Survey shows local authorities are biggest motivator for budget cuts
Councils force ALMOs to cut costs
Pressure from local authorities has caused arm’s-length management organisations to cut costs by up to twice as much as housing associations.
A survey of ALMOs by auditing firm Baker Tilly found half of the respondents made annual cost reductions of between 6 and 10 per cent over the past 12 months.
In a similar survey of social housing providers carried out earlier this year, the firm found that average cuts were between 2 and 5 per cent.
Gary Moreton, head of social housing at Baker Tilly, said the bigger cuts for ALMOs were a result of pressure being applied by corresponding cuts to council budgets.
More than 60 per cent of respondents said that pressure from their local authority was the biggest motivating factor behind making cuts.
A quarter of ALMOs felt pressure from the board was the biggest contributing factor, while less than 15 per cent cited pressure from management.
‘The local authorities are owners of the business,’ said Mr Moreton. ‘They have pressure put on them from the government and are having to save 20 to 25 per cent and are just pushing that burden down to their subsidiaries [the ALMOs].’
Three quarters of those organisations that answered a question on the specifics of their cost cutting said they had targeted savings of at least £500,000, with 12.5 per cent aiming to save more than £5 million.
The majority of the savings have come from staff, with every ALMO that responded to the survey admitting to reducing its head count over the previous 12 months. However, not a single respondent said that a reduction in front line staff had resulted from a cut to services.
More than half of the respondents also admitted that they may be forced to cut staff again to meet increasingly tightened budgets.
‘They are pretty much all saying “same again”,’ said Mr Moreton. ‘But if you are still looking to reduce head count then at some point in time it will affect services.’
Philip Toni, finance director at Wolverhampton Homes, which manages 23,000 properties for Wolverhampton Council, claimed that many councils are spending money cut from ALMO budgets on improving their existing stock. He said that money often stayed in councils’ housing account even if it was not being paid to the ALMO.
‘Some ALMOs have been pushed to make savings on the revenue side but I think generally savings have led to more money being put in on the capital side,’ Mr Toni added.
ALMOs are responding well to these challenging times, says Gary Moreton
Baker Tilly’s survey of the arm’s-length management organisation sector clearly shows that ALMOs are operating under different cost pressures from the rest of the social housing sector.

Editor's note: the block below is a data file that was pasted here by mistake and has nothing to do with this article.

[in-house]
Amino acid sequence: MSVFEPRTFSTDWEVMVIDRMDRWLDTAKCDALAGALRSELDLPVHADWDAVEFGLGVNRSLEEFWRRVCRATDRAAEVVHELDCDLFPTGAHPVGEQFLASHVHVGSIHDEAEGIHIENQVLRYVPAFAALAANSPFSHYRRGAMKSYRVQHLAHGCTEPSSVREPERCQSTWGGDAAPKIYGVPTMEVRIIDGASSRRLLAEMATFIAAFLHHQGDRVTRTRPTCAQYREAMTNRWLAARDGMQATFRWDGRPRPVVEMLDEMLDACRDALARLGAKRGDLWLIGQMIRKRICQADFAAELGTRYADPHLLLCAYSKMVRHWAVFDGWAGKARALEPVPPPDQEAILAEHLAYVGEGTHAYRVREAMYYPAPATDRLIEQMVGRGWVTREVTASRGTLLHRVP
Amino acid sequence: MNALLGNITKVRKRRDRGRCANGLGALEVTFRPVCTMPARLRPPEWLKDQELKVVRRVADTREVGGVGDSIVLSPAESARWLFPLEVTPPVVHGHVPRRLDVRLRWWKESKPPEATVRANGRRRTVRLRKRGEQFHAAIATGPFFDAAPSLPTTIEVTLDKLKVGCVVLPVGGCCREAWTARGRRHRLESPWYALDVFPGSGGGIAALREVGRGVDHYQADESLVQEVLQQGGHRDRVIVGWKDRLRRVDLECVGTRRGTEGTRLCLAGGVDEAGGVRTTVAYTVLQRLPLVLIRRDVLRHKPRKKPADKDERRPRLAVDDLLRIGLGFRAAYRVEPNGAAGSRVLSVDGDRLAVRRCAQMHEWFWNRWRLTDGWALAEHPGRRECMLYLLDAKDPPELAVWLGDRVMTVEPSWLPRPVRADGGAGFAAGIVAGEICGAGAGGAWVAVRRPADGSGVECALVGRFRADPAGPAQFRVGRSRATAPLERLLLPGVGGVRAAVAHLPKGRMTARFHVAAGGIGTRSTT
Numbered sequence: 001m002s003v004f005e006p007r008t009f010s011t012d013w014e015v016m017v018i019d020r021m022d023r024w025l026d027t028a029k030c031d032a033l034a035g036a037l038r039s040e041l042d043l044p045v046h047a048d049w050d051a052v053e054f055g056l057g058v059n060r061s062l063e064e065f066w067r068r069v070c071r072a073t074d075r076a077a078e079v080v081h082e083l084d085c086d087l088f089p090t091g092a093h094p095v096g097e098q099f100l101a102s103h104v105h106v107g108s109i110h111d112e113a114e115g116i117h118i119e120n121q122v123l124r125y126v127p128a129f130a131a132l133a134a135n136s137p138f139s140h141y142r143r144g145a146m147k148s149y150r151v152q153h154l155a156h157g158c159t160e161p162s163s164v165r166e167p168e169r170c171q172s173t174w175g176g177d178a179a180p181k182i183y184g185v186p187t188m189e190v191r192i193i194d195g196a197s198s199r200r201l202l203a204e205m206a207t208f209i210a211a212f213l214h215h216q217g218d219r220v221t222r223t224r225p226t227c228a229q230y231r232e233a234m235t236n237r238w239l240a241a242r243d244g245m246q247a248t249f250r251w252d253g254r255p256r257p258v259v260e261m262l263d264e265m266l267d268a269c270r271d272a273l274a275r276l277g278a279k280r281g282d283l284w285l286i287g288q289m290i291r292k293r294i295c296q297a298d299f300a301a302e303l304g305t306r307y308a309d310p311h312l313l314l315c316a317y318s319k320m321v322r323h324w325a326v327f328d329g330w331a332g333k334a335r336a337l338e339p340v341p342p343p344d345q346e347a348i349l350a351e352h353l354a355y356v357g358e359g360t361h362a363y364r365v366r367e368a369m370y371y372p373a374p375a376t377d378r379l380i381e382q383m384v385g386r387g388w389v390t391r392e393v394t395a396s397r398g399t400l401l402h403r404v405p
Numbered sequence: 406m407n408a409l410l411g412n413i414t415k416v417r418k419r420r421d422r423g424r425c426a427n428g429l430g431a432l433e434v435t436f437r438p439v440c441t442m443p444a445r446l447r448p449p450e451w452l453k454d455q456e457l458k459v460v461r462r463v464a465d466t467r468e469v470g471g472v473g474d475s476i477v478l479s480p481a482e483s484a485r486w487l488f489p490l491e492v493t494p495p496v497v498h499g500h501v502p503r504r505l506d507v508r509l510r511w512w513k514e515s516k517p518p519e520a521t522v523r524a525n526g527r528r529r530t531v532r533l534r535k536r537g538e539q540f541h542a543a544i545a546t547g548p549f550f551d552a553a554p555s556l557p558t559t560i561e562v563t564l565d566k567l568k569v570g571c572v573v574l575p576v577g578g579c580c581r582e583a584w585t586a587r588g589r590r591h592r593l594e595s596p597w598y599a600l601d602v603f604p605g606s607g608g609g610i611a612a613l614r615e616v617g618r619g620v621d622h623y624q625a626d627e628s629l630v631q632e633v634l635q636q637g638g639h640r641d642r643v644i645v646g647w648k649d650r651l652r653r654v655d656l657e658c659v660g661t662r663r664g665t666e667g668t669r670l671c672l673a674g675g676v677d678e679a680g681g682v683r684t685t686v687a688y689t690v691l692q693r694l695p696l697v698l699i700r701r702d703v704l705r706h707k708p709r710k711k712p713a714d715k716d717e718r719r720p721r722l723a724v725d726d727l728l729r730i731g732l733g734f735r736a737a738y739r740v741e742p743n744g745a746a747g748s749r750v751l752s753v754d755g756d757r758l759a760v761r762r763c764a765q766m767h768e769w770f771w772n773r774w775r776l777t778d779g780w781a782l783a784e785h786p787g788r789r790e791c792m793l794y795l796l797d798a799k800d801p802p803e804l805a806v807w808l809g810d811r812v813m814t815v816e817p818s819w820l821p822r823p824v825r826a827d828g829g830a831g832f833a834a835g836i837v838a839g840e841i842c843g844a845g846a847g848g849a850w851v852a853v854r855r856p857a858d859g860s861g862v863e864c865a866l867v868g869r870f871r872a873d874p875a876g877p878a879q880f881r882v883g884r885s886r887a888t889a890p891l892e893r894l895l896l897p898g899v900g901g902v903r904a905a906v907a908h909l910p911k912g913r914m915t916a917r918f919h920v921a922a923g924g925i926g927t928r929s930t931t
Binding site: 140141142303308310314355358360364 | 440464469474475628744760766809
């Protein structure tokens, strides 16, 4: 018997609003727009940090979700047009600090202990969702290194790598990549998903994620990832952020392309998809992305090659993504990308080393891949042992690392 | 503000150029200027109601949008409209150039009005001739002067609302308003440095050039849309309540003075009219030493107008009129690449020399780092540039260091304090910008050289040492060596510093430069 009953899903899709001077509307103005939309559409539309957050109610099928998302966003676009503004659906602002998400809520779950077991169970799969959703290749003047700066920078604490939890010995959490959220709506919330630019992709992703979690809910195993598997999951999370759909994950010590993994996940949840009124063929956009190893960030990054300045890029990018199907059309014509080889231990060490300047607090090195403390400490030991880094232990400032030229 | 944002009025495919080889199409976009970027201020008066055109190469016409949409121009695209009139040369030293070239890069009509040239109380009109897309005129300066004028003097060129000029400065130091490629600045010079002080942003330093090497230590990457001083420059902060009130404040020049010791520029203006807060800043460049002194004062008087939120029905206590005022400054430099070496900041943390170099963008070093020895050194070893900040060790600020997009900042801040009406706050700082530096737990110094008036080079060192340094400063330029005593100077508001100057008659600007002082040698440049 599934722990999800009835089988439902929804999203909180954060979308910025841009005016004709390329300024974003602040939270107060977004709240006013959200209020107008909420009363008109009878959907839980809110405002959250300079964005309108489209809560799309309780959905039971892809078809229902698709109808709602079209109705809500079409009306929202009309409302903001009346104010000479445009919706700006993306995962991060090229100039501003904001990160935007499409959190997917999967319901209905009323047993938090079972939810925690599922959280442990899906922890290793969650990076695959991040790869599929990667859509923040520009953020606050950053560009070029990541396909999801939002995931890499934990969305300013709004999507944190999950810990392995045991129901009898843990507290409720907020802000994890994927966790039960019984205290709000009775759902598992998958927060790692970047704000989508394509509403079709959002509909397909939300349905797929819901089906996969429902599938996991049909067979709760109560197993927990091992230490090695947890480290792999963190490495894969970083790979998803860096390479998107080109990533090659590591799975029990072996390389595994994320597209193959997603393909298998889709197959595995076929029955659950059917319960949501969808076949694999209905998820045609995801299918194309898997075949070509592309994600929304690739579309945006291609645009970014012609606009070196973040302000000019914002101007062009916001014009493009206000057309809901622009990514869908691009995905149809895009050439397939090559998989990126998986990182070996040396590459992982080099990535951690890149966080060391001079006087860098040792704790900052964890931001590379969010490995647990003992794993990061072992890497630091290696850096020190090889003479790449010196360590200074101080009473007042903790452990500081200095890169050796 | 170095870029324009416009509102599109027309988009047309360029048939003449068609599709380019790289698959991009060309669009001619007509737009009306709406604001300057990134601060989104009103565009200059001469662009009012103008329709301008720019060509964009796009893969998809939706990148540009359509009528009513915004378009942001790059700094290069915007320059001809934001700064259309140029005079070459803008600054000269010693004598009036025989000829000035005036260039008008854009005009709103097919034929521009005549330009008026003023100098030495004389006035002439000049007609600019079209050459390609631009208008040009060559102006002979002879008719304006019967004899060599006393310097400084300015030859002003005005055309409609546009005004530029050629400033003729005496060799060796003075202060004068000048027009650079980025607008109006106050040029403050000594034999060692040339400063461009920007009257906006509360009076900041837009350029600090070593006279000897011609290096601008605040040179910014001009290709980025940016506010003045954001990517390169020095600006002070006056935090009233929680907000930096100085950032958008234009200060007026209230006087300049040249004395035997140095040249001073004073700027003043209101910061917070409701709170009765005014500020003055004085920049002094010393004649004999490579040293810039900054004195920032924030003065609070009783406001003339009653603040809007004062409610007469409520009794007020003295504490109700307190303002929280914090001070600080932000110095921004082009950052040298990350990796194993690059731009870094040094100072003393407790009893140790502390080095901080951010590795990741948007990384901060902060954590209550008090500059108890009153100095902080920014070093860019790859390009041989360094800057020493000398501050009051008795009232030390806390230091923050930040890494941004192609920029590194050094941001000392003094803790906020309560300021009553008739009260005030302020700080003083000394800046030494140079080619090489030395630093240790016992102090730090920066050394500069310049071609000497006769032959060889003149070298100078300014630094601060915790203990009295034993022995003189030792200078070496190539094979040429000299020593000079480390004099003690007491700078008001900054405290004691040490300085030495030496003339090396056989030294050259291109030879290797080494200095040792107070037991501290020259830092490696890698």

The survey shows that most ALMOs are responding to pressures from councils, with 50 per cent of respondents achieving savings of 6 per cent to 10 per cent in the past year. This is impressive and when asked, their methodology to achieve this is very clear - strong executive support, clear targets and a planned approach. This is very much a textbook approach and clearly works.
Reducing head count has been ALMOs’ main focus, but this has been done by changing work practices. We have seen that ALMOs are very willing to challenge the status quo, and changing methods of operation to drive through efficiencies is proof of that. However, with no apparent change of approach cited over the next 12 months, this does beg the question as to how long this can continue and where further savings are going to come from without impacting on service or a major change in structure.
Baker Tilly is working with a number of social housing clients which are using a variety of approaches. These include reduced material costs by supply chain management, savings on maintenance service costs through partnering, re-tendering and repackaging contracts, collective procurement, service level agreement reviews and rationalising structures and service.
There is evidence that ALMOs are thinking radically; looking at different sources of income (pension funding and social impact bonds); different structures (council-owned, community-owned models, and charitable and commercial entities) and strategic alliances (‘super ALMOs’ and enhanced services for councils) are widely held discussions throughout the sector.
There is much debate on the future of the ALMO sector, but there is strong evidence that management and boards of ALMOs are responding to the challenge and setting new strategies to be fit for their future role.
Gary Moreton is head of social housing at Baker Tilly